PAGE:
“It was fairly odd but the chicken didn’t look fazed. They clearly loved the bird, although at first we were concerned it was some sort of prank. But I know what a distressed animal looks like and it definitely wasn’t scared or upset.”
Without wishing to generalise, Kent really is full of freaks. Even this chicken soon realised, and made a run for it.
Shopper Evy Barry witnessed a similar scene in the Blighs car park as she got out of her car to buy a birthday present for a family member.
She said: “I was just buying my ticket when suddenly these three lads ran by in hot pursuit of this chicken. It was like a comedy sketch. They just couldn’t catch it.
“The bird didn’t look scared, just indignant. It had a look on its face like it was thinking ‘I’m just trying to walk across the car park, what’s your problem? Why are you chasing me?’”
“Eventually I had to go to buy the present and when I came back ten minutes later I saw the men getting into a blue car, no sign of the chicken, so I missed the end of the show. It was the most bizarre thing.”
Imagine if the only thing lending a smidgeon of sanity to your provincial existence was the local branch of Burton, and then it suddenly closed down. Such is the plight of this poor mite from Tonbridge, Kent. A truly heartbreaking tale of teenage alienation, boredom and despair.
Kent and Sussex Courier, 28 January 2011 (story):
There’s nothing for us teenagers in Tonbridge
TEENAGERS from Tonbridge are forced to travel to Tunbridge Wells or Maidstone for shopping or “any kind of life”, according to a 17-year-old.
K College student Reece Heron has this week spoken out to raise the issues in the hope it will be a first step to change.
He has lifted the lid on what it is like growing up as a teen in the town after seeing Burton, the only shop he ever visited, announce its closure.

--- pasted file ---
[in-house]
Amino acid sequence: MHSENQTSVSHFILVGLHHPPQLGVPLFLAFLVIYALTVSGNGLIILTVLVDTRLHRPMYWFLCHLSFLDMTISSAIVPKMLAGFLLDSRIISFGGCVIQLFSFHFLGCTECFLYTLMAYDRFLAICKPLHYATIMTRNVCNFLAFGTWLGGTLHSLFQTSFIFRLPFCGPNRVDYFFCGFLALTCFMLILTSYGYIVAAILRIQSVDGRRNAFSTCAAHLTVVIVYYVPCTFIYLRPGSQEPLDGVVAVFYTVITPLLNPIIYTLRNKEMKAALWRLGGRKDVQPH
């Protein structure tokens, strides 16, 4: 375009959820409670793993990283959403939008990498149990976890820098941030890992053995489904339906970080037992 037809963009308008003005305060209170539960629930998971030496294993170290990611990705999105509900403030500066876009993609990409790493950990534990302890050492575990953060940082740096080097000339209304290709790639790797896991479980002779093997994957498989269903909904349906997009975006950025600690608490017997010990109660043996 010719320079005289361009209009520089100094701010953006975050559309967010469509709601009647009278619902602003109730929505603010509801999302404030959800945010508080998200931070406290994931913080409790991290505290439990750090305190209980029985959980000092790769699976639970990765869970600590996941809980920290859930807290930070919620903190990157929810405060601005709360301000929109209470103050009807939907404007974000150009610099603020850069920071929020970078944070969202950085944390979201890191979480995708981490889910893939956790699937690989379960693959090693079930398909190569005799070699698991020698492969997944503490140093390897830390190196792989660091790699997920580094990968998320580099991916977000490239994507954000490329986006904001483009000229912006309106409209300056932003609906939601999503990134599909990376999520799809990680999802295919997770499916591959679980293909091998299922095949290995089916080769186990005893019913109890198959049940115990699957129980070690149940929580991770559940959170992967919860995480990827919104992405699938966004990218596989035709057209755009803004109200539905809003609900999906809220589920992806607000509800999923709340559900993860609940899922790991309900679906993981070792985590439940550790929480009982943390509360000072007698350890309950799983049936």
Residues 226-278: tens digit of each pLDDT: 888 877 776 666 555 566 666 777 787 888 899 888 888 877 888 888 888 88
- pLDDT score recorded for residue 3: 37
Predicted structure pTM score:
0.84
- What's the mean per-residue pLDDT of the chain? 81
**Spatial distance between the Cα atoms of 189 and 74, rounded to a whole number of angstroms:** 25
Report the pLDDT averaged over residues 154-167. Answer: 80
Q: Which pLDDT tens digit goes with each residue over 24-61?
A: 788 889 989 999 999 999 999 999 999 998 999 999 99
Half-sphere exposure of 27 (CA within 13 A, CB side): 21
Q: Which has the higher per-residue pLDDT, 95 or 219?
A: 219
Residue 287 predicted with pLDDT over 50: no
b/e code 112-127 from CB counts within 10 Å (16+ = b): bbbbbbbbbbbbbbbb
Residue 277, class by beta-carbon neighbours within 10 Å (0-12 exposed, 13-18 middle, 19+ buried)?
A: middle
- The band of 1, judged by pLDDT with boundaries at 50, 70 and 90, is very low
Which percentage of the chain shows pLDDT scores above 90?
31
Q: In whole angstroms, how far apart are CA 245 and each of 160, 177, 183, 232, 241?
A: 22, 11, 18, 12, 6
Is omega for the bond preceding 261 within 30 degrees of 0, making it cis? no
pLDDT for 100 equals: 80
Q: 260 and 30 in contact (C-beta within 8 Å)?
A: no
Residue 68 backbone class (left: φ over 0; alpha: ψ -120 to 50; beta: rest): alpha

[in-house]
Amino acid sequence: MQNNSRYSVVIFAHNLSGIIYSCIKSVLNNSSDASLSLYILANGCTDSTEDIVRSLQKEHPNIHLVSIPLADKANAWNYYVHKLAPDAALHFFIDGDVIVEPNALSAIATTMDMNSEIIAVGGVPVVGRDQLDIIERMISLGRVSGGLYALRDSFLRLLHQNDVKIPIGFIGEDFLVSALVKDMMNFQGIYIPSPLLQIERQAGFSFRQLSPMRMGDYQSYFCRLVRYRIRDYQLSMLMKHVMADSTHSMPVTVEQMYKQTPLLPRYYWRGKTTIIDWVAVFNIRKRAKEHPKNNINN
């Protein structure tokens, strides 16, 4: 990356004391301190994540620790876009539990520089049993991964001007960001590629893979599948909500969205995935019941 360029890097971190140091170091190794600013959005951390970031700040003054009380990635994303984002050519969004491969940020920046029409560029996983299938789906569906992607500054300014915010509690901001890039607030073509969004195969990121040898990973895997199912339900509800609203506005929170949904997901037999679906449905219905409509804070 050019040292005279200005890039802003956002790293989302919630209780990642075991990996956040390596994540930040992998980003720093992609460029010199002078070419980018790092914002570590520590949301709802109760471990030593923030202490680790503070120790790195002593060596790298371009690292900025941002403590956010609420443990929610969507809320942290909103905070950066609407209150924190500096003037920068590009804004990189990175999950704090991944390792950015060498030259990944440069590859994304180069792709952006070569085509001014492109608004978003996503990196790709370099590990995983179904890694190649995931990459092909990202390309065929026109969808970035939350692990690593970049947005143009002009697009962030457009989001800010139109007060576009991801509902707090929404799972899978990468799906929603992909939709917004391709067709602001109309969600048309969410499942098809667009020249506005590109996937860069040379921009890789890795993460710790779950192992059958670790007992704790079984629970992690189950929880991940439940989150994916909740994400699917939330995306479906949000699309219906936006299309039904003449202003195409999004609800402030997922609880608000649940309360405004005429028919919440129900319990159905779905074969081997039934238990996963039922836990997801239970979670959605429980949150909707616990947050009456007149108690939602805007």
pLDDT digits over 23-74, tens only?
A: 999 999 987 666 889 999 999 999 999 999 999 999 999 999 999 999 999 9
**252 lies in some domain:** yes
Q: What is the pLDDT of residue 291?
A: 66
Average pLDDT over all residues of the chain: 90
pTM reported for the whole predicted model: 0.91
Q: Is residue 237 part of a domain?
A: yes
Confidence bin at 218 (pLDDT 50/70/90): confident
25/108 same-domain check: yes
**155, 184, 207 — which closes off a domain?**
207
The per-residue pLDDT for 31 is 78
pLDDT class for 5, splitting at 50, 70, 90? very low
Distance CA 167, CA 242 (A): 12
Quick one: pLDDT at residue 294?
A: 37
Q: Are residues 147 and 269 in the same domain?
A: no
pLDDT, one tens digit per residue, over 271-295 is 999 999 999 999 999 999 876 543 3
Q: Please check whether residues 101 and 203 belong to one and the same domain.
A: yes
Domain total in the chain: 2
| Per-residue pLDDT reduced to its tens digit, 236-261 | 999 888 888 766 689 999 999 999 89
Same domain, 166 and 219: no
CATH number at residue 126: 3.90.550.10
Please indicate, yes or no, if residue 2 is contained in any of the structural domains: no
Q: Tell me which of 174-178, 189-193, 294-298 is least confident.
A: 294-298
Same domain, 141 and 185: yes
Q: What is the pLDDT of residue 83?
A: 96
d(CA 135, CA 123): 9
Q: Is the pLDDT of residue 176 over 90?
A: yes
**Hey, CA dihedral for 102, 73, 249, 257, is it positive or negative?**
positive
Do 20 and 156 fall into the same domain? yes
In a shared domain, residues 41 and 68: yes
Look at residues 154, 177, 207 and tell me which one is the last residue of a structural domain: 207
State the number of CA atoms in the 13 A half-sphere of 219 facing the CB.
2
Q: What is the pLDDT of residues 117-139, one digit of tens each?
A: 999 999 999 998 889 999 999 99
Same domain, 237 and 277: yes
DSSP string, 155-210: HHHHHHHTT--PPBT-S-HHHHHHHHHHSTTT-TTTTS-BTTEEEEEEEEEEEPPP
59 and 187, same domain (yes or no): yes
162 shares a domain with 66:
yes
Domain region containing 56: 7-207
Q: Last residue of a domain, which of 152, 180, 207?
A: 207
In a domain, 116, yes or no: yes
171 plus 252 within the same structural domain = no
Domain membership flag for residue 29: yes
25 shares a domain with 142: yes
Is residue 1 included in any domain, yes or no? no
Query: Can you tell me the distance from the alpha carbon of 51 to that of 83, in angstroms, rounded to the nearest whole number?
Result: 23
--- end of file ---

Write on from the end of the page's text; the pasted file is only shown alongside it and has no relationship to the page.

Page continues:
“All we’ve got to attract shoppers and tourists is New Look and the castle – there’s not a lot else,” he said.
“It annoys me when all I see is charity shops. Burton is going, so there’s pretty much nothing for me to go into now. I never say to my friends, ‘oh, let’s go to the British Heart Foundation for a browse’. It’s never my first thought.”
If it wasn’t for the Kent and Sussex Courier, Reece’s message might have been lost forever. But now, drunk on the attention that inevitably comes with starring in a quarter-page article in the local paper, he strides forward with a messianic sense of purpose and the confident belief that he can deliver true and meaningful change, i.e. a few extra chain shops in Tonbridge.
“We’d like to see Top Man, River Island, and other shops which Tunbridge Wells provides, but they’re getting rid of them in Tonbridge.
Reece is the first teenager, directly affected by the problem, to speak out in depth about the issue.
He added: “It’s a problem across the whole of Tonbridge, in particular for teenage boys and young men. For women you have New Look, Monsoon and shoes places, but the downfall is there’s nothing for guys.
“I don’t think many people of my age would open up about these sort of things because they think they don’t have a voice.
“But I see there’s a huge problem in the town and it needs sorting. Speaking out is my first step in trying to change things.”
This is exactly how Bono started.